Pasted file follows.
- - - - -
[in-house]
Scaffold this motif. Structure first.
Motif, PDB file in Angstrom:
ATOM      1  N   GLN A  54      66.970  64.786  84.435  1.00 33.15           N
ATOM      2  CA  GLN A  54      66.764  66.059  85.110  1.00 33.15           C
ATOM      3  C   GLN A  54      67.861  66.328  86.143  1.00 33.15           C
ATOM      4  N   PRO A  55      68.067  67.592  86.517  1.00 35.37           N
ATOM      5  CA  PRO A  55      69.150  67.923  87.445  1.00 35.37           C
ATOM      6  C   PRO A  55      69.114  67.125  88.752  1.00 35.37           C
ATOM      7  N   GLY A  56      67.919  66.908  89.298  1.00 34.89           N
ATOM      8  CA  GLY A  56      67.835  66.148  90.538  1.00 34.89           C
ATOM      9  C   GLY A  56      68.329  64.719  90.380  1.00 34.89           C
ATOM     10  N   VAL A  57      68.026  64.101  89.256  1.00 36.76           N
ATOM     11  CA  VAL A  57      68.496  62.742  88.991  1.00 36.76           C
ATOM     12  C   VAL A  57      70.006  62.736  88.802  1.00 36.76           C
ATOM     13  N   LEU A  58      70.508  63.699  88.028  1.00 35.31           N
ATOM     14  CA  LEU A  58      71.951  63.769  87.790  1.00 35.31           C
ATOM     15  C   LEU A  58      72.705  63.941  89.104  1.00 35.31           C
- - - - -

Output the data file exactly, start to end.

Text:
[in-house]
Scaffold this motif. Structure first.
Motif, PDB file in Angstrom:
ATOM      1  N   GLN A  54      66.970  64.786  84.435  1.00 33.15           N
ATOM      2  CA  GLN A  54      66.764  66.059  85.110  1.00 33.15           C
ATOM      3  C   GLN A  54      67.861  66.328  86.143  1.00 33.15           C
ATOM      4  N   PRO A  55      68.067  67.592  86.517  1.00 35.37           N
ATOM      5  CA  PRO A  55      69.150  67.923  87.445  1.00 35.37           C
ATOM      6  C   PRO A  55      69.114  67.125  88.752  1.00 35.37           C
ATOM      7  N   GLY A  56      67.919  66.908  89.298  1.00 34.89           N
ATOM      8  CA  GLY A  56      67.835  66.148  90.538  1.00 34.89           C
ATOM      9  C   GLY A  56      68.329  64.719  90.380  1.00 34.89           C
ATOM     10  N   VAL A  57      68.026  64.101  89.256  1.00 36.76           N
ATOM     11  CA  VAL A  57      68.496  62.742  88.991  1.00 36.76           C
ATOM     12  C   VAL A  57      70.006  62.736  88.802  1.00 36.76           C
ATOM     13  N   LEU A  58      70.508  63.699  88.028  1.00 35.31           N
ATOM     14  CA  LEU A  58      71.951  63.769  87.790  1.00 35.31           C
ATOM     15  C   LEU A  58      72.705  63.941  89.104  1.00 35.31           C